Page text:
The tenor of the voices was the same in the eviction of the Tularosa Basin ranchers when the government rocket men came looking for land. The only difference in their evictions was their voices were recorded in an official hearing.
Ten of them spoke. John W. Harliss of Bingam was one of the first. He struggled mightily trying to describe in a few minutes why his 50 year tenure was important.
The government might as well cut my throat as take away my ranch. Ranching is all I know.
An Indian, Charley Madrid’s presence in testimony was described as a thundercloud.
They (the White Sands ranchers) are not money lovers. They love our country, but by God you’d better pay them fairly if you take their land. We are treating (these) displaced persons worse than foreigners in the same position.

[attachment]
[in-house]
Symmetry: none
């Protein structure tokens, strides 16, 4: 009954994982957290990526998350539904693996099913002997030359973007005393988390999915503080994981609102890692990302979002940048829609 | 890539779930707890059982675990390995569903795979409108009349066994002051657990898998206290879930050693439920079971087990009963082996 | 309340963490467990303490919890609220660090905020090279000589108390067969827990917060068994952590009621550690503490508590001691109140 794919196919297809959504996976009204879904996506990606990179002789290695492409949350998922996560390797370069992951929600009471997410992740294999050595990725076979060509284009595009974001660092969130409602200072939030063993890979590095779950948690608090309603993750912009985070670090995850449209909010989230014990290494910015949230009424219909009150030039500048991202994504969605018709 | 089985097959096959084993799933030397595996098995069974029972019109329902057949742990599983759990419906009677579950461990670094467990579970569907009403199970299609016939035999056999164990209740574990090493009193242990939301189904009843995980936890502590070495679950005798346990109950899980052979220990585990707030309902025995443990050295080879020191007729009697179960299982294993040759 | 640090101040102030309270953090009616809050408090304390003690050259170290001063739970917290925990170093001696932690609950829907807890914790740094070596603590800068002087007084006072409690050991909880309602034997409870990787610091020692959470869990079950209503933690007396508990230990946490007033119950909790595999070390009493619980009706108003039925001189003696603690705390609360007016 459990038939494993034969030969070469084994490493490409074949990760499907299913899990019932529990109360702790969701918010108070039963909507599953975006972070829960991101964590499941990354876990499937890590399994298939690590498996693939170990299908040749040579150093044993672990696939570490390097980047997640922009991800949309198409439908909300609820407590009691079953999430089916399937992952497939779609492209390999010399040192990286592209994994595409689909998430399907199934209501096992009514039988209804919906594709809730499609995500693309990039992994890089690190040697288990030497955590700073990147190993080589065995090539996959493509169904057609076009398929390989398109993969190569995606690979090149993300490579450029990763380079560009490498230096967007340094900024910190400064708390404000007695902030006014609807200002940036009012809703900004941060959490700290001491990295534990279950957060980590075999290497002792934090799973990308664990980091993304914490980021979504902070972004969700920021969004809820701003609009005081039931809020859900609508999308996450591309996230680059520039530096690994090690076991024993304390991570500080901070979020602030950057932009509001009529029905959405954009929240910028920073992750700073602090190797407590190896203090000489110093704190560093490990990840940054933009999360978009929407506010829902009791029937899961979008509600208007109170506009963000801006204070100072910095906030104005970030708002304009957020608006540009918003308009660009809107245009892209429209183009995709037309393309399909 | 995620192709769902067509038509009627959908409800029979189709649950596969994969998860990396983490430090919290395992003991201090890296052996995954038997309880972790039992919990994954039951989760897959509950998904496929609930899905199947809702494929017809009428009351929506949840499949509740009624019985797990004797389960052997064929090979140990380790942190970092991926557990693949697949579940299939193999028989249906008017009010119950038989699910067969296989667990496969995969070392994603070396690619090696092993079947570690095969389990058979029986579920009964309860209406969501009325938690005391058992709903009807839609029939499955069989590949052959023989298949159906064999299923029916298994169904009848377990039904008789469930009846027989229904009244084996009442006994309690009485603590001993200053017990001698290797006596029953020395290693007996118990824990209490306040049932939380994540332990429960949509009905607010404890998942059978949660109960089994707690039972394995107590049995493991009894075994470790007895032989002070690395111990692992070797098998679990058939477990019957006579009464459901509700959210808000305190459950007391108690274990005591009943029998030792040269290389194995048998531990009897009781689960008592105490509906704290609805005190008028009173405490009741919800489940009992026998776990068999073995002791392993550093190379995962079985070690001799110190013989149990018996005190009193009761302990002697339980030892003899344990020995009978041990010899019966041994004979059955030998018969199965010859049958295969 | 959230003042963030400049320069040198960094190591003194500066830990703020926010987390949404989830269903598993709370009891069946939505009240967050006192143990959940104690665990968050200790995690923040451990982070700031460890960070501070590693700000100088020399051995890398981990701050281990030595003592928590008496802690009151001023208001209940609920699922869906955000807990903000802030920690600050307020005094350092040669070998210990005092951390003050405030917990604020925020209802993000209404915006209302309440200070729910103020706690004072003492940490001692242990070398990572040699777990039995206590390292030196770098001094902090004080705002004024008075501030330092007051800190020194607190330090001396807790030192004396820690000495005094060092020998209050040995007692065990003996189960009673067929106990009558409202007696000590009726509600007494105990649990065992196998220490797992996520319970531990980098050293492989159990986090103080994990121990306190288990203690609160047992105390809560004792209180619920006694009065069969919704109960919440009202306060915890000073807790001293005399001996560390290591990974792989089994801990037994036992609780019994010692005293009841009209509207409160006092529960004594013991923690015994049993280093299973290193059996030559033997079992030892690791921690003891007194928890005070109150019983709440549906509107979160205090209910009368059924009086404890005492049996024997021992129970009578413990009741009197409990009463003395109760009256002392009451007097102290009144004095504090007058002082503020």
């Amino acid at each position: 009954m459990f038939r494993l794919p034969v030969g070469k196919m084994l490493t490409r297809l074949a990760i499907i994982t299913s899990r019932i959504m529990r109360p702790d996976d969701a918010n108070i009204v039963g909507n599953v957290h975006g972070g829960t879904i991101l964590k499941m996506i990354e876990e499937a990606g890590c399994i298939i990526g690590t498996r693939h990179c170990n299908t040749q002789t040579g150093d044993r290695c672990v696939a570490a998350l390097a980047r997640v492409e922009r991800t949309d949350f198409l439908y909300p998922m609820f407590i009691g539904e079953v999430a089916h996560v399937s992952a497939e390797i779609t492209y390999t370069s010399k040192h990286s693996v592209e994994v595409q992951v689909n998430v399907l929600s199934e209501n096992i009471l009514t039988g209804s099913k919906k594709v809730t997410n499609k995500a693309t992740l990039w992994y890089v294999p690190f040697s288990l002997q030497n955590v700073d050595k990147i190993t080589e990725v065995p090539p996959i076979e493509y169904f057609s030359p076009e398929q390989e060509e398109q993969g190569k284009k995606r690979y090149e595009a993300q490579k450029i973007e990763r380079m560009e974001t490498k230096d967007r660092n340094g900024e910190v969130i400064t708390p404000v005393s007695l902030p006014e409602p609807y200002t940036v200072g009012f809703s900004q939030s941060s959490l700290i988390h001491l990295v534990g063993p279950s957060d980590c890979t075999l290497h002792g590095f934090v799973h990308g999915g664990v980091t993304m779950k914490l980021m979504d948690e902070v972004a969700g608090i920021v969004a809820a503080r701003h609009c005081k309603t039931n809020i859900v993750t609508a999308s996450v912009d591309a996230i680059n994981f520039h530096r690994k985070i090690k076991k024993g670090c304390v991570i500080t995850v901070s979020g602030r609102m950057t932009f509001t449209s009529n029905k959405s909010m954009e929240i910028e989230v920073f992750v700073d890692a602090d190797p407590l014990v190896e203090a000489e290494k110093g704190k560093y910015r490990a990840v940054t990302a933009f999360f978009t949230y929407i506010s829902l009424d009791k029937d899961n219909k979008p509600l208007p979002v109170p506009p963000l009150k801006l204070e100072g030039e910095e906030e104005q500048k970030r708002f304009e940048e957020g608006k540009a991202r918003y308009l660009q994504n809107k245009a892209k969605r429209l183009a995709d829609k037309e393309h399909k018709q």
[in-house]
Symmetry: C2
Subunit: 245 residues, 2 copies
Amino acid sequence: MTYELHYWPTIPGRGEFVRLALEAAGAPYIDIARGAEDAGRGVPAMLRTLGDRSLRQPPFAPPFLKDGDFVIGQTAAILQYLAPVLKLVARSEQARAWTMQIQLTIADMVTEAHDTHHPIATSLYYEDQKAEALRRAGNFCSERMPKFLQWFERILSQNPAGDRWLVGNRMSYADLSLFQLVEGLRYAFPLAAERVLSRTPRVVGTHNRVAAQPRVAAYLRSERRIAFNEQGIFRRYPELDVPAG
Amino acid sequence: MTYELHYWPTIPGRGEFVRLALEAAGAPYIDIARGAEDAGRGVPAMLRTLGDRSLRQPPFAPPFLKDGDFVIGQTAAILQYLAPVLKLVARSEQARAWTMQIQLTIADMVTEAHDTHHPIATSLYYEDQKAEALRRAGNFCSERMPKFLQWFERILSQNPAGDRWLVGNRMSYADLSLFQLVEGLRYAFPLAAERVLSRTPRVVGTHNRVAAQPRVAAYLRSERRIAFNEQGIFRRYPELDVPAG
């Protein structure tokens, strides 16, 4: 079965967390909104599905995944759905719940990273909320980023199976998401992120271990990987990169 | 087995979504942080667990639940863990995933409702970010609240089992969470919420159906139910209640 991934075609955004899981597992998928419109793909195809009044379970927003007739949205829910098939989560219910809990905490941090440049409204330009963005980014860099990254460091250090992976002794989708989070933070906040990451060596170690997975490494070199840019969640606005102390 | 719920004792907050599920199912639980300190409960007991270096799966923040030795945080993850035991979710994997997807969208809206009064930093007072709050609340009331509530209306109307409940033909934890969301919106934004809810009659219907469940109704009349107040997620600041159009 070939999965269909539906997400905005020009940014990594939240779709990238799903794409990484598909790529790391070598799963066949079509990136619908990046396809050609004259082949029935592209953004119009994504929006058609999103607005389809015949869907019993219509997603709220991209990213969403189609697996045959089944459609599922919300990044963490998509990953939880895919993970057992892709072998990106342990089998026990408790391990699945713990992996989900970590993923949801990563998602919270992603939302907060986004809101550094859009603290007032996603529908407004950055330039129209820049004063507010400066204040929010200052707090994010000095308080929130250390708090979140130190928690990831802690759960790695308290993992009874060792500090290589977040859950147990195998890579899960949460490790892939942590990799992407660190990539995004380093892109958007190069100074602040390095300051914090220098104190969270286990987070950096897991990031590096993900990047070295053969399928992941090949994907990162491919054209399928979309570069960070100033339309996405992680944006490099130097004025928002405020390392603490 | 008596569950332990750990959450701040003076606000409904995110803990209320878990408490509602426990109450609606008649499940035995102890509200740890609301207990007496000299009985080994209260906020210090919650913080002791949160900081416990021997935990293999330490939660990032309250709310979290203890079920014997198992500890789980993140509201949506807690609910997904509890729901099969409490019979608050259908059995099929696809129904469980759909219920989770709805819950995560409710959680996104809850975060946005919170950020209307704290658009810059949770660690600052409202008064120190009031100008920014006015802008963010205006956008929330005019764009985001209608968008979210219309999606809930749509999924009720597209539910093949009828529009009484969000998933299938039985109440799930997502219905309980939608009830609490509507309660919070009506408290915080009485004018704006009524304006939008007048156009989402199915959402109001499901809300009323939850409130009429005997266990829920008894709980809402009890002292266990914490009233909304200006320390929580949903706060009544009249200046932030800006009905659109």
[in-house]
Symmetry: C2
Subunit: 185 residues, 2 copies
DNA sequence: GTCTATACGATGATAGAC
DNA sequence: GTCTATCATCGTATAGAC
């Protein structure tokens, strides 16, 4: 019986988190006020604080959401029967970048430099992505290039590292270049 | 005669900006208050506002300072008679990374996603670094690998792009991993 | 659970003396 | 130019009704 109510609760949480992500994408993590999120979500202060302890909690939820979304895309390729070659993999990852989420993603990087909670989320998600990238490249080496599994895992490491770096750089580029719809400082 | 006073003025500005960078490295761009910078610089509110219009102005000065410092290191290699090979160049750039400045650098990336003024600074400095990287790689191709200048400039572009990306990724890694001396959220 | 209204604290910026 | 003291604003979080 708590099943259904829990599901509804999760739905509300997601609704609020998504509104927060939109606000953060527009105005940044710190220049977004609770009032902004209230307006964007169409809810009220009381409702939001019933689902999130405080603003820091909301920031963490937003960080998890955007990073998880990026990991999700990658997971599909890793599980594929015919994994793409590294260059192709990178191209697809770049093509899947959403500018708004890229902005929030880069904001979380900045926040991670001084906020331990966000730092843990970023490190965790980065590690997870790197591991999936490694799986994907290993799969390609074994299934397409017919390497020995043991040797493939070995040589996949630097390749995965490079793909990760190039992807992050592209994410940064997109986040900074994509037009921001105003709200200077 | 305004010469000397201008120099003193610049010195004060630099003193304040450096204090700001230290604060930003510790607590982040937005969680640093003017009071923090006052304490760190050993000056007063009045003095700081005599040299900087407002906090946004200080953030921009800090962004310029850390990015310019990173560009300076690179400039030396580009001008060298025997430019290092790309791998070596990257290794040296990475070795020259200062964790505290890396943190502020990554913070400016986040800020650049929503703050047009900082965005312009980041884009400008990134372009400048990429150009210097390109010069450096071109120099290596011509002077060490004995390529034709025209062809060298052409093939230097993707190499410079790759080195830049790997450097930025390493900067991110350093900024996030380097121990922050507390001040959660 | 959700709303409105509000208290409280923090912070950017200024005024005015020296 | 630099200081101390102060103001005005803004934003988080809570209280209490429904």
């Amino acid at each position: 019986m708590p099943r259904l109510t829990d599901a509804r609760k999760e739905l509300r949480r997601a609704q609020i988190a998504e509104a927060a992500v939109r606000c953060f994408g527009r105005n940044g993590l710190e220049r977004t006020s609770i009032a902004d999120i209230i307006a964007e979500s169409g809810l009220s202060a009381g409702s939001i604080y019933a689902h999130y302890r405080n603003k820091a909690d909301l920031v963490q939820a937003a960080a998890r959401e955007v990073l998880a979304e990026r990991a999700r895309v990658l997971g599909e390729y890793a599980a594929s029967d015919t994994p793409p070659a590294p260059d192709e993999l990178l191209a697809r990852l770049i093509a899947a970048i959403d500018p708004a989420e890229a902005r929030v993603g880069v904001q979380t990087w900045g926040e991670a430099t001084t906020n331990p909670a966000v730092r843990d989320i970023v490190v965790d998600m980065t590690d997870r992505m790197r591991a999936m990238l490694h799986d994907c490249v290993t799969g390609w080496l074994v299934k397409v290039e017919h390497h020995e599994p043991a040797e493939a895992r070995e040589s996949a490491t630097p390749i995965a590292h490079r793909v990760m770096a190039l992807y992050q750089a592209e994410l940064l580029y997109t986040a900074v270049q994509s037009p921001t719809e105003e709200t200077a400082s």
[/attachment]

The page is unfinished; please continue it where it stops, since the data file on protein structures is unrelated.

In the end, they were all gone. The Cox family, the Lees, the Lewises, the Grays, the McDonalds and hundreds more were served with evictions that summarily sent them packing. In one round, the families were given 20 days to convince the government their presence was important. Of course, they failed.
Only John Prather stood his ground. His family had been there since 1883 and the only difference between him and his Texas relations was that they owned their lands. They weren’t conditional tenants who were allowed to work their entire lives until the federal agents convened and sent them away.
John served notice he was going to die in his own home.
On August 7, 1957, the government sent three armed and embarrassed deputy U.S. marshals to evict him. They caught him in his yard before he could get to his gun. He pulled his pocket knife to defend himself.